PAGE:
Patrick McLanahan and his team embark on a high-tech battle against crime in the USA - in the spectacular new thriller from the New York Times bestselling author of Flight of the Old Dog and Fatal Terrain. The master of military adventure creates the ultimate one-man army...In another action-packed thriller of unrivalled authenticity, former pilot Dale Brown brings back his ever-popular hero Patrick McLanahan - this time at the centre of an undeclared war exploding on the streets of America. Now retired, McLanahan works for a company developing cutting-edge strategic devices for the armed forces. But when his rookie-cop brother is shot by terrorists, he transforms himself into a high-tech weapon of war. Protected by a new carbon-filament bodysuit that can instantly harden into stronger-than-steel armour and armed with almost-superhuman powers he can barely control, he embarks on a personal mission of revenge that will send his life spiralling towards disaster.
Patrick McLanahan, a sometime secret agent for the military and an associate of a high-tech company that manufactures weapons for the armed forces, is the hero of Dale Brown's fast-paced thriller The Tin Man. When McLanahan's kid brother, a rookie cop in Sacramento, is severely injured by a gang of international terrorists, McLanahan decides to take justice into his own hands and shut down their operation. In order to do so, McLanahan must figure out who these heavily-armed thugs are and track them down. He and the owner of the high-tech company develop a powerful weapon to help him accomplish that task--a bulletproof suit equipped with rocket thrusters that makes McLanahan a formidable fighting machine. McLanahan soon comes to be known as the tin man.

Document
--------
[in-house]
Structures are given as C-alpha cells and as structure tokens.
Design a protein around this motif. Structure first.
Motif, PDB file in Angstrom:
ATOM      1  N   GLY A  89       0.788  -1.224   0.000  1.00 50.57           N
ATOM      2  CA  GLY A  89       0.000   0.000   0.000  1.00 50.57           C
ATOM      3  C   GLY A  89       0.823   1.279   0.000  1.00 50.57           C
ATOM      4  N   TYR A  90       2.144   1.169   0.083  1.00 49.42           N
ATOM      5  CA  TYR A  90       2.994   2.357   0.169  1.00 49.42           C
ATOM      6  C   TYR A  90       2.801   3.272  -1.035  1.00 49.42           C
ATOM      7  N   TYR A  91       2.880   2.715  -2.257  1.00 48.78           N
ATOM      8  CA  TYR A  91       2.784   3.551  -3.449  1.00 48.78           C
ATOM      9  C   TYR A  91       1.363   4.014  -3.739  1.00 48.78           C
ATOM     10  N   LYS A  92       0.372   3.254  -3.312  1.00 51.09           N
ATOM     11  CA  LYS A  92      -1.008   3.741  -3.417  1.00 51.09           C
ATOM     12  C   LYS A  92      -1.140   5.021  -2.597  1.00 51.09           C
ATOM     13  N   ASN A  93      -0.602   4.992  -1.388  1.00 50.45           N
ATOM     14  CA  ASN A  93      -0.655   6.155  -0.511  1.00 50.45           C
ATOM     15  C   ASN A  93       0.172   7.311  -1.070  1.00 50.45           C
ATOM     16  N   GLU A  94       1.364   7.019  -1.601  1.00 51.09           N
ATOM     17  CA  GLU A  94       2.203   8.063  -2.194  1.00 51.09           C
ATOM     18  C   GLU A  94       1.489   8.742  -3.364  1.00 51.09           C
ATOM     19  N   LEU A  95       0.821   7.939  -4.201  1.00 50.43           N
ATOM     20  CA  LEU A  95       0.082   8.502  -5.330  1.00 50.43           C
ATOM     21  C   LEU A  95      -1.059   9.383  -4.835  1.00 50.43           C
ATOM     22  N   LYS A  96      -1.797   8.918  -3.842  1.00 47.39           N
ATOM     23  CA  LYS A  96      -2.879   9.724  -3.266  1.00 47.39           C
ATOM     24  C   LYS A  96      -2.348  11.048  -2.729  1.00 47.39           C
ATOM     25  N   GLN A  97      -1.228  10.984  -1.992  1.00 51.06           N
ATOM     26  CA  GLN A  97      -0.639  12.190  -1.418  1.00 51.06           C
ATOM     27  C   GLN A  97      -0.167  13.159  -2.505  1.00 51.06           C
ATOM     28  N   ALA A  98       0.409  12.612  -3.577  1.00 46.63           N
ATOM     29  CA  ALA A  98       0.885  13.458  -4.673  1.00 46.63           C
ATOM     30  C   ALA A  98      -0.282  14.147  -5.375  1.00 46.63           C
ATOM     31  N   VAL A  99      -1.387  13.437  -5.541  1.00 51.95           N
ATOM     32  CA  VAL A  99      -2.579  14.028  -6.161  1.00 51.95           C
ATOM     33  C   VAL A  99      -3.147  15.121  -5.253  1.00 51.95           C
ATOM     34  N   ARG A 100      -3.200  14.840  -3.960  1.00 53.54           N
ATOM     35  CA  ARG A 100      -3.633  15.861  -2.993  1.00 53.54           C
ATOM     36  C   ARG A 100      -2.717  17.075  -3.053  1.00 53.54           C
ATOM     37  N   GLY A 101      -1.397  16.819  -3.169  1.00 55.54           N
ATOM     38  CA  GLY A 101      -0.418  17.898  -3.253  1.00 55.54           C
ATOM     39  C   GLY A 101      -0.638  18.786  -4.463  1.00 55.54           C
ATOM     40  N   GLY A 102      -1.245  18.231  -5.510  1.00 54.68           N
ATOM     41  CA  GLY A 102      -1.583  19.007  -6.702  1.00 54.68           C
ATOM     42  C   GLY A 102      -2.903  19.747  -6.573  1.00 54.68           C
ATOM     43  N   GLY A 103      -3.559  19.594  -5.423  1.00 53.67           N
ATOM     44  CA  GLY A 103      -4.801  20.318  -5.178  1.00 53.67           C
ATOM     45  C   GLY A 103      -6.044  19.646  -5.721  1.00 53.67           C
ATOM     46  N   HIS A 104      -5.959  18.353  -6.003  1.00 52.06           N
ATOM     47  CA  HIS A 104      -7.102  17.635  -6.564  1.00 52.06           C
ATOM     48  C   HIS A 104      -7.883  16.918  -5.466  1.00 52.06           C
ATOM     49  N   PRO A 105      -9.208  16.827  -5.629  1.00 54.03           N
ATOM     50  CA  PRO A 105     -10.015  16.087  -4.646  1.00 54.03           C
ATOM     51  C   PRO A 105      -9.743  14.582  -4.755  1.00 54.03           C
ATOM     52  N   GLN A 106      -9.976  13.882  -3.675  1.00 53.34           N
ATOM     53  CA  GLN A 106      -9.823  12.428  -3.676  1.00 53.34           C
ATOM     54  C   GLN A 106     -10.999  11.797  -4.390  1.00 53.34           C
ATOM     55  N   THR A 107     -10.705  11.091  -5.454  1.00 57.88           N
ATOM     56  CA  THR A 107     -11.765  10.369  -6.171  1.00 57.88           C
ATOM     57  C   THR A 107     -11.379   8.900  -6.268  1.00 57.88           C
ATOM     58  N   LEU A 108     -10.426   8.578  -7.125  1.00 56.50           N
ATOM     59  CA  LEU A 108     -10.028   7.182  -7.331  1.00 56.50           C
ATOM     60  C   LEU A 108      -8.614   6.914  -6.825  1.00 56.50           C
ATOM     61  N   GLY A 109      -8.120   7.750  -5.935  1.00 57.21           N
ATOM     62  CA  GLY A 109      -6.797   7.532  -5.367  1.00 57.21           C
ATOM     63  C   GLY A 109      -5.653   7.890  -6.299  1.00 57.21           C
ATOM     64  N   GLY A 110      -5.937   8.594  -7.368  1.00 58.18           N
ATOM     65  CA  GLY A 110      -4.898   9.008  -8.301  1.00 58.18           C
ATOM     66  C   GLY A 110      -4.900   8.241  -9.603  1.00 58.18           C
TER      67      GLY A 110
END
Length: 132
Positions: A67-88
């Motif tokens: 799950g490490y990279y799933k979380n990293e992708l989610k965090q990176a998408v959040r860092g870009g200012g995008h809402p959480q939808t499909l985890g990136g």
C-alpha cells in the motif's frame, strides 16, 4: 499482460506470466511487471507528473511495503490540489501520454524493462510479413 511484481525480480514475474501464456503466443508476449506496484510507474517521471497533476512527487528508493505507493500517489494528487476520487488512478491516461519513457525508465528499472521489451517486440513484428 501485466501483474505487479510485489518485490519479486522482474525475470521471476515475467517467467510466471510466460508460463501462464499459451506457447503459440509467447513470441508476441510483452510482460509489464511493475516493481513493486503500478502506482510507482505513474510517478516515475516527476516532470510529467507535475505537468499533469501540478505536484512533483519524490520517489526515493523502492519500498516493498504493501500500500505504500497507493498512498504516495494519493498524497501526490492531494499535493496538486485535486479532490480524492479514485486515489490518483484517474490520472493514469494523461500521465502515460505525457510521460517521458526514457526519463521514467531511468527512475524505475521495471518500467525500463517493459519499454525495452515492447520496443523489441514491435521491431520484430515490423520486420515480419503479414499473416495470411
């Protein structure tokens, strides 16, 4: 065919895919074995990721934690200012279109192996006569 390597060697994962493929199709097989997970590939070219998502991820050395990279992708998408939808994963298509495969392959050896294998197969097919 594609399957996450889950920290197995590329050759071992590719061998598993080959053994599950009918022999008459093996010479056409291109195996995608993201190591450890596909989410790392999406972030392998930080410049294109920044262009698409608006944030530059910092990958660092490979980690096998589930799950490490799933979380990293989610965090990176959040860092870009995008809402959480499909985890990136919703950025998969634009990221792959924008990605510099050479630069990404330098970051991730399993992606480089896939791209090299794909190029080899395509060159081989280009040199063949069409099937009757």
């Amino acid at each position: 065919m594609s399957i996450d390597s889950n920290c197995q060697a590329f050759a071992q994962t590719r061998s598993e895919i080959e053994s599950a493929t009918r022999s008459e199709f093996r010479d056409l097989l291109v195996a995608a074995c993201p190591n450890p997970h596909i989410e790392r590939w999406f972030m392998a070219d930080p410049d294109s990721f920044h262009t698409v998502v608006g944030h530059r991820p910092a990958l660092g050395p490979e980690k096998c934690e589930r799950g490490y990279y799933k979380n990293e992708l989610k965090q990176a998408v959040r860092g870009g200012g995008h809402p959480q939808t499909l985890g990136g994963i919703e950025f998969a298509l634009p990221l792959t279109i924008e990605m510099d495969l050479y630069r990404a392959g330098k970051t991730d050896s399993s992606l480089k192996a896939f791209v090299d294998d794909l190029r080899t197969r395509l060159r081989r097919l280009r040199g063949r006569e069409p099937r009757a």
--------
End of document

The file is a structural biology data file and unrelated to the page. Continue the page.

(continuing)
Meanwhile, the criminal mastermind Gregory Townsend and his cohorts in the Aryan Brigade wreak havoc in California. They stage a violent armed robbery and try to wrest control of the booming trade in illegal drugs from neo-Nazi biker gangs. Townsend tells a new recruit that he and his men plan to become "the Microsoft of the methamphetamine trade"--but it seems likely that his goal is even larger and more sinister than that. This book should appeal to fans of Ian Fleming's James Bond thrillers. Like Bond, McLanahan gets to use a lot of cleverly-designed high-tech gadgets to extract himself from sticky situations. The Tin Man is packed with skillfully crafted action scenes. It's a pretty good yarn. --Jill Marquis